Months before a devastating computer attack on
Studio executives were cautioned by the Department of Homeland Security this summer that the film — which depicts a fictional assassination attempt on North Korean leader
The concerns were taken seriously, prompting high-level discussions at the studio, according to these people, who requested anonymity because they were not authorized to speak publicly about the studio's internal debate.
A Sony Pictures spokesman said there was no warning from Homeland Security. A Homeland Security spokesman said he was unaware of any formal warning to the studio.
The incendiary nature of the film even came up at a table read of the script by actor Seth Rogen and others before it went into production in October 2013. Actor
"I saw Jonah go up to her and go, 'Amy, you are [expletive] crazy.' She's like, 'Am I?'" Rogen recalled in an interview last month, before the breach was disclosed. "I was like, 'Don't say that to her!'"
"It's pretty amazing what they let us do," added Rogen, who stars in and co-directed the film. "I don't know who else would let us do it."
Federal law enforcement authorities say they are taking seriously the possibility that the North Korean government might have been behind the cyberattacks launched on Sony starting last month.
The breach has delivered one embarrassing blow after another to Sony Pictures, including the disclosure of Social Security numbers of thousands of current and former employees, confidential emails and other information. Five films, including the upcoming musical "Annie," were also leaked online.
The wave of leaks has caused chaos on the studio lot and sent morale plummeting. Hackers released the purported million-dollar salaries of 17 studio executives, code names used by celebrities when they travel and trash-talking communications about films in development.
"It appears Sony doesn't have its house together," said attorney Peter Toren, a cybersecurity expert who previously worked for the Department of Justice.
The breach is expected to cost Sony Pictures tens of millions of dollars as the company rebuilds its computer network, conducts a forensic investigation of the attack and deals with the legal fallout, including potential lawsuits from employees. It could also have an effect on the film industry's creative choices.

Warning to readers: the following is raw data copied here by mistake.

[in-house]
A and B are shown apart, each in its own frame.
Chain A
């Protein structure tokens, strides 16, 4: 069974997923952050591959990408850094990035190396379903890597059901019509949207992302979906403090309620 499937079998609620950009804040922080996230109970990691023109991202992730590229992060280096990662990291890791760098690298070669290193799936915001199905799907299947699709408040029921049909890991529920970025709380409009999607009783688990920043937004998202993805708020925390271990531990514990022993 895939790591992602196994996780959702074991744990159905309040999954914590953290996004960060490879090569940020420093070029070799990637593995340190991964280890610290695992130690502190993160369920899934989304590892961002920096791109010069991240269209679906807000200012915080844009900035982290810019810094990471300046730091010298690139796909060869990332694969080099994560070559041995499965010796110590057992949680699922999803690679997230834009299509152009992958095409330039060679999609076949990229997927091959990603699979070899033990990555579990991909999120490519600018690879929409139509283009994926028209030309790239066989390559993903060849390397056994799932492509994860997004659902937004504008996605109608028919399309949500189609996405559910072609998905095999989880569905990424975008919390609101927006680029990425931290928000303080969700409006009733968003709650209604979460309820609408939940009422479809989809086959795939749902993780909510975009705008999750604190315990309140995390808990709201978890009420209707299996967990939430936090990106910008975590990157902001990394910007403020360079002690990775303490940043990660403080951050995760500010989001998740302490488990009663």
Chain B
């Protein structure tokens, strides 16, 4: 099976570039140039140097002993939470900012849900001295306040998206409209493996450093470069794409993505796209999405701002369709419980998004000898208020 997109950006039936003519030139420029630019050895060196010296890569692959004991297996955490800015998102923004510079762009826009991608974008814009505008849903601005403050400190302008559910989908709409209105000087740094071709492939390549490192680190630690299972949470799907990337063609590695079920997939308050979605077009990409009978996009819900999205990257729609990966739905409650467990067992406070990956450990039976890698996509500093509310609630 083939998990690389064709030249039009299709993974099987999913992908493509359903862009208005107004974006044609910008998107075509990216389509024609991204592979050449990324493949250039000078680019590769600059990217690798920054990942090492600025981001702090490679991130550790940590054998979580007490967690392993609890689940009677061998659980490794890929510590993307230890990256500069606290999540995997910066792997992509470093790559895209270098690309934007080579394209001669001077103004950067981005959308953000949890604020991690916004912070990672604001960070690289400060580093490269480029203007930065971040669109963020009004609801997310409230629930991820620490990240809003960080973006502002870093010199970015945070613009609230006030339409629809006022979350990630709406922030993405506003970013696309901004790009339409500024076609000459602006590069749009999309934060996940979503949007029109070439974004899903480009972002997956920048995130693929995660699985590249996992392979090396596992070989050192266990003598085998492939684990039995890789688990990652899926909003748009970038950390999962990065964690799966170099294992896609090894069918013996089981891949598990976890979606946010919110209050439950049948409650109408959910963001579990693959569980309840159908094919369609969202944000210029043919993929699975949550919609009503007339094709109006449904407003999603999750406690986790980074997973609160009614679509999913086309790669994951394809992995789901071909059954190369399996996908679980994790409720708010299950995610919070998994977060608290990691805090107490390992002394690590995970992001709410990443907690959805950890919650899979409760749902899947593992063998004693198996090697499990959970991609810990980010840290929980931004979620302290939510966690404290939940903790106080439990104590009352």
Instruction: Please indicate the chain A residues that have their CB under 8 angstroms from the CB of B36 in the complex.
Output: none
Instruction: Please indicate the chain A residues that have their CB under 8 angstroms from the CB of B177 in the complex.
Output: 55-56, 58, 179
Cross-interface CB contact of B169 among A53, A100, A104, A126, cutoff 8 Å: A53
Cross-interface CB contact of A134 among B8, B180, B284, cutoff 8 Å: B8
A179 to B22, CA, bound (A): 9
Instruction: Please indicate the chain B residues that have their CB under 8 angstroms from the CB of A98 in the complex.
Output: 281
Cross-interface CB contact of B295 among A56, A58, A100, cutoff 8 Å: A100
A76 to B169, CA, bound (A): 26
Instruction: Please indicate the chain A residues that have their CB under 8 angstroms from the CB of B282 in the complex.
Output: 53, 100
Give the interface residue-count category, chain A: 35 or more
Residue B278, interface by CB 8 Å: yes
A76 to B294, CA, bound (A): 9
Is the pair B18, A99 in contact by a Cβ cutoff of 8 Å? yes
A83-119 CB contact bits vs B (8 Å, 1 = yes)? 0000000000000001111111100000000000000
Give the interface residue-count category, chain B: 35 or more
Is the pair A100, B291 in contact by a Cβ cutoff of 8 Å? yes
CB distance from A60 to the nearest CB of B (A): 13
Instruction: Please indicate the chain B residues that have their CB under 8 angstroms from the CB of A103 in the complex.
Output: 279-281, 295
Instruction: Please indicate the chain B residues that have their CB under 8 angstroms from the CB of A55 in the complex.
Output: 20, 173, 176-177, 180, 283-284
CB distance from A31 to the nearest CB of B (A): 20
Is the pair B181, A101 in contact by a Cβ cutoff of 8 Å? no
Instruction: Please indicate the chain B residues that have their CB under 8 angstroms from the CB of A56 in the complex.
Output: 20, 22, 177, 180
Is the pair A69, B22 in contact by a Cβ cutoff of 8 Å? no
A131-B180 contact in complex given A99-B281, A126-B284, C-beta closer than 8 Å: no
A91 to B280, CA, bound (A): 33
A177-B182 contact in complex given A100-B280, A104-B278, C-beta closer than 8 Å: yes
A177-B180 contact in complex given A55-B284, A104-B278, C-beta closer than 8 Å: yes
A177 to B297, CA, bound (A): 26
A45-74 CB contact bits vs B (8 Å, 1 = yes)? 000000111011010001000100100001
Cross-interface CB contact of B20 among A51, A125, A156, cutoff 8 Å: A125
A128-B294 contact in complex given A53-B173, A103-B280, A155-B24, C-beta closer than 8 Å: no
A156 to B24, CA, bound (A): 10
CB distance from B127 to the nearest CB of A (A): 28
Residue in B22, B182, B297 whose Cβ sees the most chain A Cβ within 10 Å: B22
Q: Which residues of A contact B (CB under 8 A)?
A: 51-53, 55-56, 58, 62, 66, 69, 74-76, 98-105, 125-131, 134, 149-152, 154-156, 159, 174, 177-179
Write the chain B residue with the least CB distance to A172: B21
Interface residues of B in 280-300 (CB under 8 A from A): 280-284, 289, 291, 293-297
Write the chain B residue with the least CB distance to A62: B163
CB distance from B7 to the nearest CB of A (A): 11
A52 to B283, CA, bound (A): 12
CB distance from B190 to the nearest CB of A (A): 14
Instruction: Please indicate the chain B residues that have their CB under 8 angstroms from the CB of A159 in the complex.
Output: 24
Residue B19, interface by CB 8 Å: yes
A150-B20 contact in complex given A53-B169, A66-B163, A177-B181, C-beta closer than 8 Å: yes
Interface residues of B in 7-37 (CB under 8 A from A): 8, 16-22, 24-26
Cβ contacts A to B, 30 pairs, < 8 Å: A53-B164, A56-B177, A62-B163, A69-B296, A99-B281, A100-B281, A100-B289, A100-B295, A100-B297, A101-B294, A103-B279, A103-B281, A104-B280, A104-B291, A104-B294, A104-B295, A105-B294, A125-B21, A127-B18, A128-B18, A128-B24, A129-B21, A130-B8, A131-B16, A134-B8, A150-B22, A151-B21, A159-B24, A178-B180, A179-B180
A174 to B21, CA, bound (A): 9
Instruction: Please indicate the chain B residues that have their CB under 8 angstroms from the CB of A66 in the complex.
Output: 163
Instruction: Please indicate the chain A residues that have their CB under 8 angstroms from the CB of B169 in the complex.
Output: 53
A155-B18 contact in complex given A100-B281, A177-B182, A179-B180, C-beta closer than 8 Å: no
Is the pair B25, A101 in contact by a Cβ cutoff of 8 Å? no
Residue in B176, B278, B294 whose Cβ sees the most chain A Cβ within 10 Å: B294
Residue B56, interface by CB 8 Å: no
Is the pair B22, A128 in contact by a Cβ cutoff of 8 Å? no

"I've got to believe that this will spook anybody from considering making the North Koreans bad guys in a film," movie producer Bill Gerber said. "Unless you were dealing with something that was fact-based and very compelling, it might not be worth it."
FBI Director James B. Comey said Tuesday that the FBI had not yet determined who was behind the attack on Sony. There has been speculation that disgruntled employees might be behind the attack on the studio, which went through several rounds of layoffs last year.
"Anything cyber is very complicated, tracing back malware and signatures especially," Comey told reporters at a briefing. "It is complicated business and I want to make sure before we make an attribution that I have high confidence in it.... I'm not prepared to attribute it to any particular actor."
North Korea has denied responsibility for the attack but praised the perpetrators. A hacking group called Guardians of Peace claims to be behind the assault. In June, North Korea called on the U.S. government to block the film's release or face a "decisive and merciless countermeasure."
Sony declined to comment on any discussions that may have occurred with executives at its parent company in Japan.
Internal discussions about potential complications with a movie are not uncommon in Hollywood, or at Sony.
Sony corporate executives in Japan previously had voiced concerns about how the 2012 film "Zero Dark Thirty," and its depiction of CIA interrogation tactics, would be received internationally, according to people familiar with the studio.
The 2006 movie "The Da Vinci Code" prompted a discussion about whether that film might spark a backlash from the religious community. That picture centered on a bizarre murder involving a fringe Catholic group.
A decade ago, Howard Stringer, then head of Sony's U.S. operations, chastised studio executives for considering the possibility of distributing
Before production began on "The Interview," Sony executives had questioned whether the movie should depict a fictional country and dictator, and not North Korea and Kim Jong Un, Rogen said in the interview last month.
Sony executives discussed altering the script to make it more palatable politically. However, the filmmakers didn't want to modify the movie's plot — and pushed back when the studio wanted to explore changing the ending.
"We were like, 'No, we're not going to change that,'" Rogen said. "They were like, 'OK, guess there's nothing we can do. We had to ask.'"
Pascal, who is known for her close rapport with Hollywood talent, supported the filmmakers in keeping the original construct, one person said.
North Korea's threat to retaliate came in June, and soon afterward Homeland Security issued its caution, the people close to the situation said.
But by that time, the project was already complete and being screened to test audiences. The studio could have opted to not release the picture, or it could have digitally altered the movie to remove references to North Korea and Kim Jong Un.
Instead, the studio pushed back its release to Christmas Day. The film will premiere Thursday in downtown Los Angeles.